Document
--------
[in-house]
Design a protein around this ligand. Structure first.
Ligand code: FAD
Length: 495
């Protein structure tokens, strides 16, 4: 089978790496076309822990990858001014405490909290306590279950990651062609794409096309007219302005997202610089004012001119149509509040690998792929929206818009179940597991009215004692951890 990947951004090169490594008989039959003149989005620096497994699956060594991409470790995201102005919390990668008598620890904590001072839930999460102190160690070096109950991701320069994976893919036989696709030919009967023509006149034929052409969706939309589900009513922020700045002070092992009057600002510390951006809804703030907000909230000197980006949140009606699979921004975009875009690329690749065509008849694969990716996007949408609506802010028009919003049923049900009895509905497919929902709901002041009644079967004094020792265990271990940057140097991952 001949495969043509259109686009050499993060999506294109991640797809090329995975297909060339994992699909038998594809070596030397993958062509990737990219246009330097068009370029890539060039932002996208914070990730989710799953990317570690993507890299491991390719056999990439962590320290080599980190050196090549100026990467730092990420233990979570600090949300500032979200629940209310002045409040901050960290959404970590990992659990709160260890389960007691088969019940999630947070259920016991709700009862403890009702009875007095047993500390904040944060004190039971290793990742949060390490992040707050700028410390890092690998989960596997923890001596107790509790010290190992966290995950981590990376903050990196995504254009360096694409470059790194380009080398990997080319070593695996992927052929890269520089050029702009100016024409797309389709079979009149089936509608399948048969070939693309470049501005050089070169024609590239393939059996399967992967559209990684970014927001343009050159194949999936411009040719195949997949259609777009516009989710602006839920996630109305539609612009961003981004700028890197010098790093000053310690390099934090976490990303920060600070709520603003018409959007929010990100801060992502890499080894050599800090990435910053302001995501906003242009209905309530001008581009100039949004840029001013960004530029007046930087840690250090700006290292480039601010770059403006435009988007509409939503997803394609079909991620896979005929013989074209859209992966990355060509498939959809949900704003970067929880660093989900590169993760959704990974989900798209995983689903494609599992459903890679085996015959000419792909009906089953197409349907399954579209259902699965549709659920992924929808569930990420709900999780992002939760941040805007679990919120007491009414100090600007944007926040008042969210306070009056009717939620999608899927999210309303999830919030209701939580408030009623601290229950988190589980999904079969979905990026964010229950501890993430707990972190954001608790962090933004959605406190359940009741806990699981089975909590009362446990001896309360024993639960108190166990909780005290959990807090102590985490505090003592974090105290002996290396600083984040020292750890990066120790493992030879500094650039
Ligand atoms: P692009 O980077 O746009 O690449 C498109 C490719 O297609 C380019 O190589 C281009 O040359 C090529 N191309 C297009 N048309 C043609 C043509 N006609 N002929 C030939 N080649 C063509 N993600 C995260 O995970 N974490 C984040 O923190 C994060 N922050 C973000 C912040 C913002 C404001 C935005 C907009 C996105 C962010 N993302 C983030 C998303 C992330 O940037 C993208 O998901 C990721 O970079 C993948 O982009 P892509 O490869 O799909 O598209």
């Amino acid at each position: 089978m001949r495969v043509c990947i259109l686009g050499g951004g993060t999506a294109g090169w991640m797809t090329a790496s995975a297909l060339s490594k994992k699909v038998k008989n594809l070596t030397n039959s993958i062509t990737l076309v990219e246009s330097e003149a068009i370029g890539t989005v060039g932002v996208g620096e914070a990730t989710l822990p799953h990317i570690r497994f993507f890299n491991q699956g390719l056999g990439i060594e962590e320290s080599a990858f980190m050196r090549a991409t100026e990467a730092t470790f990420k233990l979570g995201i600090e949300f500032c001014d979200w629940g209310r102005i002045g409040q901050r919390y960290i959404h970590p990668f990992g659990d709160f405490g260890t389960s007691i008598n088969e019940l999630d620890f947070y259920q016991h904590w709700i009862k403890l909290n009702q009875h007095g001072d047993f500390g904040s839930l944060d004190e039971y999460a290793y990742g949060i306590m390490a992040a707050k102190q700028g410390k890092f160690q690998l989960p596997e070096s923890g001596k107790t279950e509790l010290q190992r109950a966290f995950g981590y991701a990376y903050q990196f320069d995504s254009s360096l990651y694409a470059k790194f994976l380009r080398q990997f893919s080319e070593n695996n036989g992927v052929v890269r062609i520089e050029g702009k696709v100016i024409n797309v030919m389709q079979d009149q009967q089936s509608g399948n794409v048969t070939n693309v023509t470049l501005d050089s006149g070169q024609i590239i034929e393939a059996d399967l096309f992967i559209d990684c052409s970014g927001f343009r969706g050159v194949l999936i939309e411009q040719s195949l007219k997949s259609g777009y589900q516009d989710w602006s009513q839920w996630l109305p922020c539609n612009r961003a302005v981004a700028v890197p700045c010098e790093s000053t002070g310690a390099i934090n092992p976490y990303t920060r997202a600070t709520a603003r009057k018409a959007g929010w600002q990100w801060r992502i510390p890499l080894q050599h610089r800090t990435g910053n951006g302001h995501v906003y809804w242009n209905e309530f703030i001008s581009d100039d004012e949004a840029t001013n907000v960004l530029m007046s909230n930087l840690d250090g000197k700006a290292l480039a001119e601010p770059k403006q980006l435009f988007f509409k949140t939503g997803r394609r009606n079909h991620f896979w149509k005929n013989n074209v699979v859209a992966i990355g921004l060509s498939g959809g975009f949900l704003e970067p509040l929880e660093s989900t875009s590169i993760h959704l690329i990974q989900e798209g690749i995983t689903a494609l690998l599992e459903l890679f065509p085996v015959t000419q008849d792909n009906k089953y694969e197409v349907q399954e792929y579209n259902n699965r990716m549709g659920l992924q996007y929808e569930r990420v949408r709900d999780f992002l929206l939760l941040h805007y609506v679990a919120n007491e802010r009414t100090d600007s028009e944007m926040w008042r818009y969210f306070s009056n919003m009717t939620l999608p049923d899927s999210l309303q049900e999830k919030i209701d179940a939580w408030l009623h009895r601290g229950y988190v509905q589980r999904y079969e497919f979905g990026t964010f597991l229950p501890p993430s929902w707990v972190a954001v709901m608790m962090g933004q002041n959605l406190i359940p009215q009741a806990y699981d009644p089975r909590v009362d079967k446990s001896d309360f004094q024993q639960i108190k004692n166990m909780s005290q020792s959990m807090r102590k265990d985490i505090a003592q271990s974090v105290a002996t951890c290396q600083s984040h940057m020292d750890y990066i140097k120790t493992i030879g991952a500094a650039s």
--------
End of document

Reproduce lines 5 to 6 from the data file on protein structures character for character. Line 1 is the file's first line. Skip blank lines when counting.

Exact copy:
């Protein structure tokens, strides 16, 4: 089978790496076309822990990858001014405490909290306590279950990651062609794409096309007219302005997202610089004012001119149509509040690998792929929206818009179940597991009215004692951890 990947951004090169490594008989039959003149989005620096497994699956060594991409470790995201102005919390990668008598620890904590001072839930999460102190160690070096109950991701320069994976893919036989696709030919009967023509006149034929052409969706939309589900009513922020700045002070092992009057600002510390951006809804703030907000909230000197980006949140009606699979921004975009875009690329690749065509008849694969990716996007949408609506802010028009919003049923049900009895509905497919929902709901002041009644079967004094020792265990271990940057140097991952 001949495969043509259109686009050499993060999506294109991640797809090329995975297909060339994992699909038998594809070596030397993958062509990737990219246009330097068009370029890539060039932002996208914070990730989710799953990317570690993507890299491991390719056999990439962590320290080599980190050196090549100026990467730092990420233990979570600090949300500032979200629940209310002045409040901050960290959404970590990992659990709160260890389960007691088969019940999630947070259920016991709700009862403890009702009875007095047993500390904040944060004190039971290793990742949060390490992040707050700028410390890092690998989960596997923890001596107790509790010290190992966290995950981590990376903050990196995504254009360096694409470059790194380009080398990997080319070593695996992927052929890269520089050029702009100016024409797309389709079979009149089936509608399948048969070939693309470049501005050089070169024609590239393939059996399967992967559209990684970014927001343009050159194949999936411009040719195949997949259609777009516009989710602006839920996630109305539609612009961003981004700028890197010098790093000053310690390099934090976490990303920060600070709520603003018409959007929010990100801060992502890499080894050599800090990435910053302001995501906003242009209905309530001008581009100039949004840029001013960004530029007046930087840690250090700006290292480039601010770059403006435009988007509409939503997803394609079909991620896979005929013989074209859209992966990355060509498939959809949900704003970067929880660093989900590169993760959704990974989900798209995983689903494609599992459903890679085996015959000419792909009906089953197409349907399954579209259902699965549709659920992924929808569930990420709900999780992002939760941040805007679990919120007491009414100090600007944007926040008042969210306070009056009717939620999608899927999210309303999830919030209701939580408030009623601290229950988190589980999904079969979905990026964010229950501890993430707990972190954001608790962090933004959605406190359940009741806990699981089975909590009362446990001896309360024993639960108190166990909780005290959990807090102590985490505090003592974090105290002996290396600083984040020292750890990066120790493992030879500094650039
Ligand atoms: P692009 O980077 O746009 O690449 C498109 C490719 O297609 C380019 O190589 C281009 O040359 C090529 N191309 C297009 N048309 C043609 C043509 N006609 N002929 C030939 N080649 C063509 N993600 C995260 O995970 N974490 C984040 O923190 C994060 N922050 C973000 C912040 C913002 C404001 C935005 C907009 C996105 C962010 N993302 C983030 C998303 C992330 O940037 C993208 O998901 C990721 O970079 C993948 O982009 P892509 O490869 O799909 O598209």